Goose Gossage waited a long time to get into the Hall of Fame.
Even so, it would have been easy to write off his election as just another reminder that late is better than never - until Gossage decided to speak his mind.
``I don't think this steroid thing is over by any means,'' he said during a conference call Tuesday with some of the people that voted him in. ``I'm sure that most of you guys, the writers, don't really know how to approach this.''
That's true - as far as it goes - and it was certainly a lot more gracious than the way Roger Clemens framed the same challenge to some members of the Baseball Writers' Association of America who happened to be in the audience at his press conference in Houston a day earlier.
``You keep your vote,'' Clemens said. ``I don't need the Hall of Fame to justify that I put my butt on the line and I worked my tail off, and I defy anybody to say I did it by cheating or taking any shortcuts, OK?''
Whether Clemens feels the same way when he's eligible five years from now remains to be seen. Mark McGwire, who hasn't been heard from much since he told Congress in 2005 he wasn't interested in talking about the past, did no better in his second year on the ballot than he did in the first. McGwire totaled 128 votes, roughly a third of what he needed to reach the 75 percent threshold and gain entrance. So maybe the system, imperfect as it is, still works.
There are no absolute standards for the Hall. It's always a judgment call and in Gossage's case, it wasn't about whether his performances were enhanced, but how they ranked against players who did the same work. Relievers are still a relatively new breed and the Hall didn't even open a bullpen wing until 1985, when Hoyt Wilhelm moved in.
In the two decades that followed, only two other relievers, Rollie Fingers and Dennis Eckersley, followed him. Then came Bruce Sutter, who needed 13 appearances on the ballot before making it in 2006, and the Goose. Gossage laughed off his eight failed tries by often saying he was not going to save any more games. But when he retired in 1994, there was no way to be sure we wouldn't see the likes of him again.
ngs in a season, as Gossage did several times, and so he was correct to note how unfair it was to compare him to today's specialists, who pile up more saves but rarely work more than the ninth inning.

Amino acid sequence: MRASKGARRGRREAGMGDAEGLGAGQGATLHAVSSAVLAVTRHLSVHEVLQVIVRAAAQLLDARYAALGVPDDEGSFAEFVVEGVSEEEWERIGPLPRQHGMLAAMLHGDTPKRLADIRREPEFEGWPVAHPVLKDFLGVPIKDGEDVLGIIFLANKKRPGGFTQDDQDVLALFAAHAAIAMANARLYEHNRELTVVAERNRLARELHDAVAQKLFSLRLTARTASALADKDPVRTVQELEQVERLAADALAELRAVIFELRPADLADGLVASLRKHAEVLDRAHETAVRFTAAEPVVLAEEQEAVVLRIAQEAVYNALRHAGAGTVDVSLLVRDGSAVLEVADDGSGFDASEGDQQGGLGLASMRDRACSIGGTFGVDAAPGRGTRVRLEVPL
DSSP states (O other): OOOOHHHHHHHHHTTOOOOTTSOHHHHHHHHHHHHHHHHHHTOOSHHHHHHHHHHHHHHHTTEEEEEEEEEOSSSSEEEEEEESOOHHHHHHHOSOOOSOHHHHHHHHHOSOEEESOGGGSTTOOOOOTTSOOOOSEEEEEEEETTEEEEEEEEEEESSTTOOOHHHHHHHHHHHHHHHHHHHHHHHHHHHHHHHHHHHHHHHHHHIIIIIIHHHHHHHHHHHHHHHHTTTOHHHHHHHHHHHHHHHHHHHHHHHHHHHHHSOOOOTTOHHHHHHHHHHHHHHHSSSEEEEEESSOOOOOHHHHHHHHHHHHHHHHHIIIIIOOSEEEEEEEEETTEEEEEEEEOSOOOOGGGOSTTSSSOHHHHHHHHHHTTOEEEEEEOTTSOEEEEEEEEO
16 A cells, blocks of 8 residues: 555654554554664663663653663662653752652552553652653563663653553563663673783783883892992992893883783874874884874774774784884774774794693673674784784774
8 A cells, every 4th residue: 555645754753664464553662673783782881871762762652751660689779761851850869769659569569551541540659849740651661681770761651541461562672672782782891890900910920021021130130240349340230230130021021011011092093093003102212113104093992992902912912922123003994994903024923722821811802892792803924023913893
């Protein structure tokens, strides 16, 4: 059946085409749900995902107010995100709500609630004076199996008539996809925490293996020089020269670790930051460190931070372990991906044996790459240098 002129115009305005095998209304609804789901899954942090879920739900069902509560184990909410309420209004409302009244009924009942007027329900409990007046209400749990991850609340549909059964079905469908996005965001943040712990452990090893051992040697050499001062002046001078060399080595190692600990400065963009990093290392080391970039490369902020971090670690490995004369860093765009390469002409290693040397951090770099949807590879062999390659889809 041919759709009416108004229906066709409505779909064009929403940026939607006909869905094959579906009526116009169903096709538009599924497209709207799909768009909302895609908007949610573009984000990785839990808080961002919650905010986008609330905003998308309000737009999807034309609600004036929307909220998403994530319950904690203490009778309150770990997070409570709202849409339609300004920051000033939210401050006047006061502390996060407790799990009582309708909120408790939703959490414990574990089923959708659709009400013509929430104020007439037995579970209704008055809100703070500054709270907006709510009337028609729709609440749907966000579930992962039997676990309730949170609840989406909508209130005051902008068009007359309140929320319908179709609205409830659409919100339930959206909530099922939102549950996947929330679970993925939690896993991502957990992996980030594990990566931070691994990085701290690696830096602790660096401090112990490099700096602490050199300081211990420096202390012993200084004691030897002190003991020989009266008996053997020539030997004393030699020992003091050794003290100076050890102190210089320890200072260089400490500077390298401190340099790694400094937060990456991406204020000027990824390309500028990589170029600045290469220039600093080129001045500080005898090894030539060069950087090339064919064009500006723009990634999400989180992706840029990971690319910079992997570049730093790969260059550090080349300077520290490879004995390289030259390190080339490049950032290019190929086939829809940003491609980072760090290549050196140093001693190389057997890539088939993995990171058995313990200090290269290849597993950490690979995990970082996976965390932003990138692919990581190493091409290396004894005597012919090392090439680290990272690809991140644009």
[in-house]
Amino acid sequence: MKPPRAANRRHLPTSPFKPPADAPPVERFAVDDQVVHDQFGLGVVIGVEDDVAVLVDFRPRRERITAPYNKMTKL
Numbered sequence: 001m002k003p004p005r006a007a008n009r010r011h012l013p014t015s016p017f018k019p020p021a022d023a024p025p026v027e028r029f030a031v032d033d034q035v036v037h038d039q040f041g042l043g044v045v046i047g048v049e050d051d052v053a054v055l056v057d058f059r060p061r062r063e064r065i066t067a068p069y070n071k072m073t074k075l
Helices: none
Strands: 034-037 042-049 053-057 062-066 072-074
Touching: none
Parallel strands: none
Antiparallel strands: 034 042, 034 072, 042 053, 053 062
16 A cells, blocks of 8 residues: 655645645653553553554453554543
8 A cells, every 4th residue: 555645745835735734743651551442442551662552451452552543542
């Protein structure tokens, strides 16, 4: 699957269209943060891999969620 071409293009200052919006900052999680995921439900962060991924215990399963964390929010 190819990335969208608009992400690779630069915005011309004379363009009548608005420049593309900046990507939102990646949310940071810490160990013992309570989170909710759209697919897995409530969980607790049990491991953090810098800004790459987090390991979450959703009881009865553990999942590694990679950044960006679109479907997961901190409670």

``They say Mariano Rivera is the greatest pitcher of all time, and I say, 'Do what we did and we'll compare apples to apples instead of apples to oranges,''' Gossage said. ``It's not the same position.''
But at least the voters got it right in time. As Gossage also noted, that's going to be a lot harder from here on out.
He blamed Clemens and Barry Bonds for muddying those waters.
``I think that if you did do performance-enhancing drugs, you need to come clean and put an end to this,'' Gossage said. ``Just fess up.''
But Gossage was more optimistic about the endgame than a lot of writers.
``Now we've got to figure out who's telling the truth,'' he added, ``and I think that someday we will know the truth.''
The Mitchell Report was supposed to provide the road map, but it offered only a starting point. And even if baseball gets better at catching cheats than its track record so far suggests, the ``he-said, he-said'' wrangling between Clemens and Brian McNamee, his trainer of 10 years, might just be a preview of what lies ahead.
Someone tried to put into context how much performance enhancers extended McGwire's career by describing him as ``Harmon Killebrew with a few hundred extra at-bats.'' It's an imperfect comparison, and the wait for a more precise measuring stick could last a lot longer than it did in Gossage's case.
The line backed up at the entrance to the Hall of Fame is only going to get longer. The shame for a lot of guys who will be queuing up in the coming years is that it will be tougher to decide whether justice is being delayed or denied.
Jim Litke is a national sports columnist for The Associated Press. Write to him at

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